Kay Kay Singh: Well, we didn’t talk much about the terms, because I didn’t know how these [unintelligible 00:06:22.23] worked, but before we talked about the terms, he said that his son doesn’t want him to do this, because he said he’s already 82 years old, and he said “I don’t know how long I’m gonna live [unintelligible 00:06:37.02] I asked for one free house.

Joe Fairless: [laughs] And you got it?

Kay Kay Singh: And I got it. I used that as earnest money. So I didn’t give him any earnest money; whatever that price was, I used that as earnest money.

Joe Fairless: Wow… What did you end up paying for the portfolio and what was it actually worth at closing?

Kay Kay Singh: Well, it was about $900,000 that we paid for the portfolio. We got an appraisal when we get to get a loan, and it was about 1.2 million.

Joe Fairless: Okay. Do you still have the 33 single-family homes?

Kay Kay Singh: Yes, we do.

Joe Fairless: Why do you have them, versus selling them and doing a 1031, or just selling them off individually?

Kay Kay Singh: Well, the cashflow is good. When I took over — there’s another story, because he promised to help me for a year, and after about 10 days I said “I’m gonna do something different. I’m not going to be doing it this way; I’ll be doing everything [unintelligible 00:07:45.18]” So I let him go after ten days. I moved all my properties to Buildium and started running them from there. I read a lot of books and a lot of online research.

Also, after I took over, I realized that he was charging less rent, and he was charging much less deposits, so I started raising rents. In about a year, my rent roll was $22,000.

Joe Fairless: What was it before?

Kay Kay Singh: $18,000.

Joe Fairless: Wow. In one year you increased the rent roll by $4,000.

Kay Kay Singh: Correct.

Joe Fairless: Did you have to invest money into those properties to do that, or was it just —

Kay Kay Singh: No.

Joe Fairless: What is the rent roll today?

Kay Kay Singh: Today the rent roll is around $25,000, because I bought seven more properties last year.

Joe Fairless: Well, just the original 33 properties – what would be the rent roll today?

Kay Kay Singh: $22,000.

Joe Fairless: When did you get the portfolio?

Kay Kay Singh: June, ’15.

Joe Fairless: June 2015?

Kay Kay Singh: Correct.

Joe Fairless: Okay. So I wanna make sure I heard you correctly – you got this property in June of 2015, originally the rent roll was $18,000, then within one year, so approximately June of 2016, it was $22,000, right?

Kay Kay Singh: Correct.

Joe Fairless: And then today, with those 33 original properties, the rent roll is still $22,000?

Kay Kay Singh: Approximately, because we added seven more properties, so now the rent roll is — I haven’t figured out how much it is just for those 33. But with the seven more properties that we bought last year, now the rent roll is about $26,000.

Joe Fairless: Okay, 26k. Have you increased rent on the original 33 since that one year anniversary?

Kay Kay Singh: Yes, anytime we had a turnover, I increased it by $22.50.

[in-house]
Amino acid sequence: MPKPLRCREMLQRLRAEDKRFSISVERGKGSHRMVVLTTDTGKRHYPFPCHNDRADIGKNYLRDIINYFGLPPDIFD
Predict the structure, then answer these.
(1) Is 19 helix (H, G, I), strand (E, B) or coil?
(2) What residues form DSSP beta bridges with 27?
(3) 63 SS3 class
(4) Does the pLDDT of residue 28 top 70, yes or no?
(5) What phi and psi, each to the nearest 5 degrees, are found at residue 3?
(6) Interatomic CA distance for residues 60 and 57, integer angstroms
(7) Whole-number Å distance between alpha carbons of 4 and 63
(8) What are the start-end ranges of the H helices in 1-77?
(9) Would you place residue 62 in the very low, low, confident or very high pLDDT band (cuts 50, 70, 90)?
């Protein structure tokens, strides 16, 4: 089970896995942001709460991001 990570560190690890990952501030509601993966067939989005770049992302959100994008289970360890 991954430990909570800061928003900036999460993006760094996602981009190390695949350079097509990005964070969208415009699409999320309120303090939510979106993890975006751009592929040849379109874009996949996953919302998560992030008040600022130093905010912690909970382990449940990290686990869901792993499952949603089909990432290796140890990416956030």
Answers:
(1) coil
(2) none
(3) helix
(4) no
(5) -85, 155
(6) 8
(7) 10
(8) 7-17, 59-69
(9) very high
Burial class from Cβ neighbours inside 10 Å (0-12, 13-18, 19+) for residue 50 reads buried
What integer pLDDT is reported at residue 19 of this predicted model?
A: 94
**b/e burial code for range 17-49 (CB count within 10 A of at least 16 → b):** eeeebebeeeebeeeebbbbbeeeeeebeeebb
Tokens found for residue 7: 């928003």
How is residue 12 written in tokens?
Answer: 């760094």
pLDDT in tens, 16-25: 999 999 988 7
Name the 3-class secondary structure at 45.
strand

Joe Fairless: What are some tips that you have for the Best Ever listeners who have portfolios of this size, or maybe a little bit smaller or maybe a little bit larger, in terms of management?

Kay Kay Singh: Well, I wanted to learn the business, so I’ve been managing it myself, and I’m spending only nine hours a week.

Joe Fairless: That’s outstanding.

Kay Kay Singh: Yeah, everything is online, and I spend nine hours… I go there three days a week and three hours per day, so nine hours a week.

Joe Fairless: You go there three hours a day, three days a week… So where do you go exactly when you go there?

Kay Kay Singh: It’s 20 miles from my home. They are not in Ft. Wayne, they are in Huntington, Indiana.

Joe Fairless: Okay, but when you say you go somewhere – I mean, you’ve got single-family homes, so are you going to each of the homes, or are you doing something else?

Kay Kay Singh: No, we have an office.

Joe Fairless: Okay, got it. And are you still using Buildium?

Kay Kay Singh: Yes, still using Buildium.

Joe Fairless: What other tools do you use to help you manage the properties?

Kay Kay Singh: I use PDF Filler for all my leases, and evictions, my notices… Everything else, I use PDF Filler.

Joe Fairless: PDF Filler, okay.

Kay Kay Singh: Correct.

Joe Fairless: So between Buildium and PDF Filler – those are the two primary tools you use?

Kay Kay Singh: Correct.

Joe Fairless: With your acquisitions, the seven that you’ve purchased since the original portfolio – can you give us an example of one of those properties? Price point, what it rents for, that sort of thing…

Kay Kay Singh: Well, I bought six from his son, again. His son had six houses. I bought one house at an auction for $23,000, and then I used that house as collateral to buy six more from his son.

Joe Fairless: [laughs] Okay. So you bought one house at an auction for $23,000, and then you used that as collateral to buy six more… So those are the seven that you purchased.

Kay Kay Singh: Yes. The house that I bought for 23k was appraised for 56k, so I used that to buy his son’s six more houses. The average rent on those was $650.

Joe Fairless: Will you elaborate on exactly how you used the house for collateral in order to purchase six additional homes?

Kay Kay Singh: Well, on 23rd May, I was there for another flip house to buy at the sheriff’s sale. This house – nobody bidded on this, but I knew it was by my property; I had seen that house. Nobody bidded on it, so I went ahead and bidded on it, and I got it for $23,000.

Then I went to the bank and got it appraised, and used that as collateral to buy six other properties from the previous owner’s son.